In today’s world, the peacock is more admired than the chacalaca. The bold maneuver more than the quiet effort, the hare more than the tortoise, the eloquent loud speaker above the quiet toiler. We often celebrate what people have done but rarely what they did not do, which in some cases is more valuable. Our former boss (from back when the world was young), former U.S. Rep John Miller has written a book on the latter, about a mostly forgotten non-event in the U.S. revolutionary war when a group of officers appeared set on mutiny and wanted George Washington to lead them in marching on Congress. These officers felt the military could rule the country better than the civilian politicians. Old George resisted temptation to power, a temptation that most would succumb to. He quelled the mutiny and there was no march on Congress. John, in his excellent book, The Man Who Could be King, notes that though Washington did many great things (and John also details Washington’s flawed actions, including owning slaves), it is what he didn’t do that may have been his greatest achievement. We, too, have not done many great things, but alas on a different order than the father of our country. As we continue to not do great things, we update you on the India-China border dispute, detail China’s latest AI efforts and note which countries see fewer businesses quit. It’s this week’s International Need to Know, growing gray and blind in service of international news and data.
Without further ado, here’s what you need to know.
Other World Disputes Update
Two weeks ago we noted a border dispute between India and China in Donglang that included a somewhat comical skirmish between troops of the two countries. Not so funny is the idea of the world’s two most populous countries escalating the dispute into something larger and more dangerous. We said to keep an eye on it and we’re pleased to report that the two countries have stepped back from confrontation with China stopping construction of a controversial road and India disengaging its troops from Doklam (for those who have no idea where that is, as in our first story we display a now peaceful map below). Probably not coincidentally, this pulling back from the brink occurs a week before Prime Minister Modhi travels to China for a summit of the BRICS countries (Brazil, Russia, India, China & South Africa). As China’s political power continues to build, they will find themselves, like all emergent powers throughout history, involved in ever more complicated political waters. How they navigate those rapids will not only be interesting, but increasingly impactful for the rest of the world.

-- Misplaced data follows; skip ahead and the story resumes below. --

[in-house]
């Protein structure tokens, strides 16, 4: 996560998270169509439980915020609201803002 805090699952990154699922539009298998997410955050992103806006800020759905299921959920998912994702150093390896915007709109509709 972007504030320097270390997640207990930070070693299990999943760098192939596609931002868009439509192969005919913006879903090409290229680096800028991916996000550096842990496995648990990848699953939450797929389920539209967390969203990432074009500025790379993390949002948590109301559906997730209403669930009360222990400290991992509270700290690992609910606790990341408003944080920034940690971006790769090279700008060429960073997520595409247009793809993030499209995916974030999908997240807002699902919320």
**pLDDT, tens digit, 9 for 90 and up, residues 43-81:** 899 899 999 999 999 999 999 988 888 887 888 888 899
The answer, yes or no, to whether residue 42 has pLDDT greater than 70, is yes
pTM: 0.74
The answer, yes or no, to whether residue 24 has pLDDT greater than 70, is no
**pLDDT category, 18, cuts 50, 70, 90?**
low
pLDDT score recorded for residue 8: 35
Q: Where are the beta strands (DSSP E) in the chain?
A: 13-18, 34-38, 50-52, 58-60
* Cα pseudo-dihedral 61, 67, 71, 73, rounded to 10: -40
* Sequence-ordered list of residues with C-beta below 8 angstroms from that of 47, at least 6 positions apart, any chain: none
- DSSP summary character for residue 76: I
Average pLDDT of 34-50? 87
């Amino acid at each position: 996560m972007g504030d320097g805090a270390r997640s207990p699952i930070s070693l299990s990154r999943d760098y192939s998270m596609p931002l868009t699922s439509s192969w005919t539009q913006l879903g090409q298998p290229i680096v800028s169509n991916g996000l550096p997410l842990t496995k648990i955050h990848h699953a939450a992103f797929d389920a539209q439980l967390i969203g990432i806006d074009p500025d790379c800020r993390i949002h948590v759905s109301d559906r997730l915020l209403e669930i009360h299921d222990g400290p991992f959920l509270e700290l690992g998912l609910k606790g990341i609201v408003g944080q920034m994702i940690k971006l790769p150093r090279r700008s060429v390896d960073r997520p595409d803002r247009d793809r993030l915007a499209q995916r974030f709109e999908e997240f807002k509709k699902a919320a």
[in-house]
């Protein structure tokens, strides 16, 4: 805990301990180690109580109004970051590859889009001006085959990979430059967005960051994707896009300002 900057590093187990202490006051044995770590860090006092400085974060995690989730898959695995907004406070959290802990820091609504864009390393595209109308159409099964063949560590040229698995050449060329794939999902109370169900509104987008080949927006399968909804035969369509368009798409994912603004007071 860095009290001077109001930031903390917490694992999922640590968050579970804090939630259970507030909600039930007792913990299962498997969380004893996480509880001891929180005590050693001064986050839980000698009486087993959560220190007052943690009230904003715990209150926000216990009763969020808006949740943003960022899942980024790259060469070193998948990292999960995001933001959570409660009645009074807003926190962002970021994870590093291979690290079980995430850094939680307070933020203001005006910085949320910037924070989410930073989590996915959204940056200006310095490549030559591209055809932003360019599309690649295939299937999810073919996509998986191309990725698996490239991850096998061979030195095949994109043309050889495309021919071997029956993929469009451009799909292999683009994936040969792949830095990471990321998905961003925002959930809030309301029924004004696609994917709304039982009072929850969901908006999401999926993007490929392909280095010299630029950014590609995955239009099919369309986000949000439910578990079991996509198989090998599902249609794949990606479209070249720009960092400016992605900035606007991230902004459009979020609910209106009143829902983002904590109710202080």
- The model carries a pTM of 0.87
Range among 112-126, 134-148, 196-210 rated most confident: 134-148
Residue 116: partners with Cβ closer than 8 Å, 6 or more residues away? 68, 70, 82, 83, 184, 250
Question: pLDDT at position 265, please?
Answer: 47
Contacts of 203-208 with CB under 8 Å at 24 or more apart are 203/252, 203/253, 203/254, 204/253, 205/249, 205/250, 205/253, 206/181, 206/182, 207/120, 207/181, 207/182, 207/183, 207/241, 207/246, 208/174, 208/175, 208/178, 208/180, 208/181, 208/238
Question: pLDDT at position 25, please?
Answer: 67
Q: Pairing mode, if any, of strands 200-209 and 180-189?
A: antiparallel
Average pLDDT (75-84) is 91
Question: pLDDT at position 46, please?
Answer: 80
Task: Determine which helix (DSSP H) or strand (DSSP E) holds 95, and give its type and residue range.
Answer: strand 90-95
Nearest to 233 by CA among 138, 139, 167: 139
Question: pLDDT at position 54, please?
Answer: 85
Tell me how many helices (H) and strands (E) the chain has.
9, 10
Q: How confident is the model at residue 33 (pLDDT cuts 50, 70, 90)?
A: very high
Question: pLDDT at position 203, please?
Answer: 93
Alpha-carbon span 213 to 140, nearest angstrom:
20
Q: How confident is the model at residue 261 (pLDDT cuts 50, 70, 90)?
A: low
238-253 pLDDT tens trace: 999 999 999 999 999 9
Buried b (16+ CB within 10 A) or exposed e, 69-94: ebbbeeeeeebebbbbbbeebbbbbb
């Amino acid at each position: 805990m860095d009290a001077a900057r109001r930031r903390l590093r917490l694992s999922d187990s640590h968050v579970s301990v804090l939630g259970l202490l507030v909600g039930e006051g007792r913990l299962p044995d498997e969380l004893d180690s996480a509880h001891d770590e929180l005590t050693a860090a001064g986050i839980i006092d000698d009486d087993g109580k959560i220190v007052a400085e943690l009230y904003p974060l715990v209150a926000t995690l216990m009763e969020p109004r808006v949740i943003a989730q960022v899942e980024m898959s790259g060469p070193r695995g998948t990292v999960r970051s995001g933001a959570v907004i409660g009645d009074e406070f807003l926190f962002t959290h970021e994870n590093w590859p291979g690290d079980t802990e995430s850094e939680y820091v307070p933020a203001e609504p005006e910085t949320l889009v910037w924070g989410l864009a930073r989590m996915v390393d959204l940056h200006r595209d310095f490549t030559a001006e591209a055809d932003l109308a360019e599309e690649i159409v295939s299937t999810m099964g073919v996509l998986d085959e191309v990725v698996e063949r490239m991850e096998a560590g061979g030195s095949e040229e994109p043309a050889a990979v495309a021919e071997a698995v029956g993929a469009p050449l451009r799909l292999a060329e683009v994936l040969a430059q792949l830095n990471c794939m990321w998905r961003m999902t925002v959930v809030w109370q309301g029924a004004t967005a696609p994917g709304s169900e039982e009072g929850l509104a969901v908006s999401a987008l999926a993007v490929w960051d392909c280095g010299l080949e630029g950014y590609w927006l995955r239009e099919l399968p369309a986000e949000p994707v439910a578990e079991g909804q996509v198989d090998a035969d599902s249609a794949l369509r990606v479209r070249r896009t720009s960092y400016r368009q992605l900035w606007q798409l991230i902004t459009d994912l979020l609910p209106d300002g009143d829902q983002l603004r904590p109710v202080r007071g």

China continues to go big into artificial intelligence. Via Next Big Future we learn that Baidu, the largest search engine in China, and China Life, a state-owned life insurance company, are teaming up to create a US$1 billion investment fund focused on AI research. According to the South China Morning Post, “The fund will invest in unlisted companies Involved in artificial intelligence (AI) and internet finance.” At the same time all this is happening, China continues to try to restrict an outflow of capital. In the Post article, China Life notes “The capital control rules by the forex regulator would expect our overseas investment plan. We would have to invest in a manner compliant with the regulatory requirement.” China continues to be bold and ambitious in striving for success in cutting edge technologies. As with navigating challenging international political waters, it must accomplish this technology goal with interesting domestic regulatory and policy requirements. Chinese captains of industry (and government) must be very smart navigators indeed. In the meantime, progress in AI, as evidenced by the graph below, continues to accelerate.
One of our big concerns about the U.S. is the trend of less entrepreneurship. For example, the rate of business startups are way down from previous decades. We have our theories why but since our beat is international let’s look at which countries internationally are seeing successful entrepreneurs. One metric is the rate of ending a business. A survey conducted by Global Entrepreneur Monitor finds that among developing countries (or as this study categorizes them, “factor driven” economies), India has the lowest rate of business exits, followed by Vietnam, Egypt and Iran. This, of course, is only one metric of entrepreneurship, but at least in the cases of India and Vietnam the data squares with our anecdotal experience. We also found Egyptians very entrepreneurial when we were there but that was more than 20 year ago. A number of the countries on the list below will likely elicit surprise, or at least did for us.